February 20, 2017
If you've ever dreamed of being an entrepreneur, you're not alone. Building a company from the ground up has long been a part of the American dream, and it's an important driver of the United States economy.
According to the U.S. Bureau of Labor Statistics (BLS),* start-ups less than a year old created 1.7 million jobs in the year ending March 2015, accounting for 60% of total employment growth in the nation that year.
Still, having a passion for entrepreneurship doesn't automatically equate success. In fact, only 51% of new businesses launched in 2011 were still in operation five years later in 2016, according to the BLS data.**
Entrepreneurship is hard work and requires plenty of preparation, planning and business acumen. How can you see yourself succeed as an entrepreneur? Learning from other business owners is a great place to start.
From advice on identifying gaps in the market to building a strong team and gaining the business skills you'll need to grow your company, these tips for entrepreneurs- by entrepreneurs- can help you on the road to owning your own business.
If you're getting ready to start your first business, it's likely that you already have a business idea in mind. But while having a great idea is important, it doesn't mean your idea will be successful.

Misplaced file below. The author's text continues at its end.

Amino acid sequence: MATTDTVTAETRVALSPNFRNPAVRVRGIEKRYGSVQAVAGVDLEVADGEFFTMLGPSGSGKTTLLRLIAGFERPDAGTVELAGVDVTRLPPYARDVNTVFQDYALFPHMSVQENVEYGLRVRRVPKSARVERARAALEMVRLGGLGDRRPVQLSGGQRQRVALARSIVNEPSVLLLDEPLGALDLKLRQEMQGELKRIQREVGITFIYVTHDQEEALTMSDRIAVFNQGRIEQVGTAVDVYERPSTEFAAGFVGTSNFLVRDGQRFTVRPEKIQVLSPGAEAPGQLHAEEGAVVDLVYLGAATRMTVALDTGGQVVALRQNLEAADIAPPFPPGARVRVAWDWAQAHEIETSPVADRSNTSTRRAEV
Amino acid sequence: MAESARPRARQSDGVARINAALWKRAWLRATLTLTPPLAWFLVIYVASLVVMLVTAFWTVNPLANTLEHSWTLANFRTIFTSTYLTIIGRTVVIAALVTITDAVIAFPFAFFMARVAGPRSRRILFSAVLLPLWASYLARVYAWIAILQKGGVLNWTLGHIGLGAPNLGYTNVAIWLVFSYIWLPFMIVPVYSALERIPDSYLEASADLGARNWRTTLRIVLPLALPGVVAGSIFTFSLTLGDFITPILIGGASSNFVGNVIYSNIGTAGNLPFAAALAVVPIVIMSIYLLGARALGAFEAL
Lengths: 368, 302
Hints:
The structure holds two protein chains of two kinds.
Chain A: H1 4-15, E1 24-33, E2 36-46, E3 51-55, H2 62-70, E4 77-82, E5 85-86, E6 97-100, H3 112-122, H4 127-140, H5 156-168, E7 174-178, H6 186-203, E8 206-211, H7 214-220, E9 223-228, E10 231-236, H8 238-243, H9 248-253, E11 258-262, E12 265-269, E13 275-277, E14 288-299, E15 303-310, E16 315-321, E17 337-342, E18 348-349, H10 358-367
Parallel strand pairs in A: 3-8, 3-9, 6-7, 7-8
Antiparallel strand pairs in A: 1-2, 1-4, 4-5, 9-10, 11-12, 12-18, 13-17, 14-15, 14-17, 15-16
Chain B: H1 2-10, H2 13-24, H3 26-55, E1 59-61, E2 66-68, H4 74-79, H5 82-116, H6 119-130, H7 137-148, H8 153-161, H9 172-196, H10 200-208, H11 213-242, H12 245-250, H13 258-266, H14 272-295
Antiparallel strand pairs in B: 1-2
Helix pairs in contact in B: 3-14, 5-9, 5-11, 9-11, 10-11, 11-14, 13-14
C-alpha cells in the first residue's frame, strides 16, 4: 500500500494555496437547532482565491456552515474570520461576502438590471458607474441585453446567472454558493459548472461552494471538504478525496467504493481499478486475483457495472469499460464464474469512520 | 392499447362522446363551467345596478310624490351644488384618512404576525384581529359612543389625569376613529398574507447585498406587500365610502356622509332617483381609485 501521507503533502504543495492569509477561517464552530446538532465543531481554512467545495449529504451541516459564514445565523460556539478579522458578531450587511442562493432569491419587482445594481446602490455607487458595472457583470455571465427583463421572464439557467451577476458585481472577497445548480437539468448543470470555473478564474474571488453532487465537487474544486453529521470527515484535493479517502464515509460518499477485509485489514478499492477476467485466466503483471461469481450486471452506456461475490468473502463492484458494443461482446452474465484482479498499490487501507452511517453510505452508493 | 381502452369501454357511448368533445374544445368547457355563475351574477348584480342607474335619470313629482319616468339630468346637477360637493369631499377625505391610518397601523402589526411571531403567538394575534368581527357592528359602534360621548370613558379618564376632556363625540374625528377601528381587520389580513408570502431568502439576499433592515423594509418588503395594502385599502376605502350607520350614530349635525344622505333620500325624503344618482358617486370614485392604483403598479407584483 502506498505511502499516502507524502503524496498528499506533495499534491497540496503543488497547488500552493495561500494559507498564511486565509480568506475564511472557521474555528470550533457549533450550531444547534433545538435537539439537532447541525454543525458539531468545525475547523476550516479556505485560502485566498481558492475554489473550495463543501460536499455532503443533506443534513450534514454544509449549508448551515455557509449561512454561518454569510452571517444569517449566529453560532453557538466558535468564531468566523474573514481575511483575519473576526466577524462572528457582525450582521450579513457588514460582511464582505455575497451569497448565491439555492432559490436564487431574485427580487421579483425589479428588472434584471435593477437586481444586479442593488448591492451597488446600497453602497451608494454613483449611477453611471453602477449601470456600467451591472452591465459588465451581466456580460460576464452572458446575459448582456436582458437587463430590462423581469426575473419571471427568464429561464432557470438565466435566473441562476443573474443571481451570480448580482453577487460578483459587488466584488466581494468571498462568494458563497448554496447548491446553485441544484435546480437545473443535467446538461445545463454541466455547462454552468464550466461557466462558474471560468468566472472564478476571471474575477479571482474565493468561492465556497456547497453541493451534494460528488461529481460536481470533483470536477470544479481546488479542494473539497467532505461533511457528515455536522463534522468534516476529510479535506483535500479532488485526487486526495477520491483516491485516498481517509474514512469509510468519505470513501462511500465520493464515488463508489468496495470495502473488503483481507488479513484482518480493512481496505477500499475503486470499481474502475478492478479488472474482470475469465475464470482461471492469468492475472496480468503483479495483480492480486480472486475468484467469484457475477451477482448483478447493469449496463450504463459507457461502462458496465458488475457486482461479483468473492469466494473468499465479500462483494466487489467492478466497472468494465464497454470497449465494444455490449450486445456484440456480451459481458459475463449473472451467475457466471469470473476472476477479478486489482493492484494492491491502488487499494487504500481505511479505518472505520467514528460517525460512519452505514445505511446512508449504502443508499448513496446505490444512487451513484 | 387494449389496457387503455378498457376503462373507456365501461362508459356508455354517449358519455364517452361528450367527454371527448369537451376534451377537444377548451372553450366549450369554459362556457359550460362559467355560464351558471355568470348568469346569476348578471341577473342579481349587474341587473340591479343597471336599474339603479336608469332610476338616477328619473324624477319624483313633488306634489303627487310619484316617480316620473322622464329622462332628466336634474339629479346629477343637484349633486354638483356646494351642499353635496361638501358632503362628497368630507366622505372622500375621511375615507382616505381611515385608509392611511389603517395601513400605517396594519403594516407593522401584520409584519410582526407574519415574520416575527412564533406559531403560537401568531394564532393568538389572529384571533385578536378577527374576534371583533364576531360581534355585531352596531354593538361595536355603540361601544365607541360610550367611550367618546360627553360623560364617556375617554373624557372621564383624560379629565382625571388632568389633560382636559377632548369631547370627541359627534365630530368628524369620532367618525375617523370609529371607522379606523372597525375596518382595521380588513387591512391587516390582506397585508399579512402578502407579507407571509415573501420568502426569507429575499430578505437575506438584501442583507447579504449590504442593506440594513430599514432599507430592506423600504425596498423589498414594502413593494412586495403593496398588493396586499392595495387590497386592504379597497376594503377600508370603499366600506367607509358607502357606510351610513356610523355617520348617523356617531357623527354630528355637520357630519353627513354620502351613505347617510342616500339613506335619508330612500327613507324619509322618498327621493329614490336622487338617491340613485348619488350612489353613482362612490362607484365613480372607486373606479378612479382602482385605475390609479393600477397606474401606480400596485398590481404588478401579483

In fact, according to entrepreneur Jeremiah Rizzo, a founding member of Construct-Ed.com, an online learning platform for the construction industry, it's far more important for others to have a passion for your business idea.
"By far the most foundational and important tip I can give is: validate your business idea," Rizzo said. "Simply put - ensure that an audience is ready to hand you money for your product before you go through the work of building it."
Rizzo recommends that new entrepreneurs start out by identifying a burning problem that needs solving and then talking to potential customers to explore the best ways to address that problem.
"If your product doesn't solve a pain that people deeply feel, you're going to have an unessential product and a tough time marketing it," Rizzo said. "It doesn't matter how great you think your idea is. What matters is: will people pay you for it?"
While entrepreneurship often starts out as a one-person job, growing a business often relies on building a bigger (and better) team. Thinking carefully about how you build your team, and who you bring on board, is one of the most important entrepreneur tips for new business owners.
Samuel Sternweiler, founder and CEO of online fine jewelry customization company JEWELv, said the most important step of finding a business partner and growing your team is to first take a hard look at yourself.
"Find out what your strengths and weaknesses are," he said. "Many young entrepreneurs bypass this step as it takes a good amount of self-reflection...To find a partner for your venture, you must understand what resources you already have. One of those resources is certainly yourself."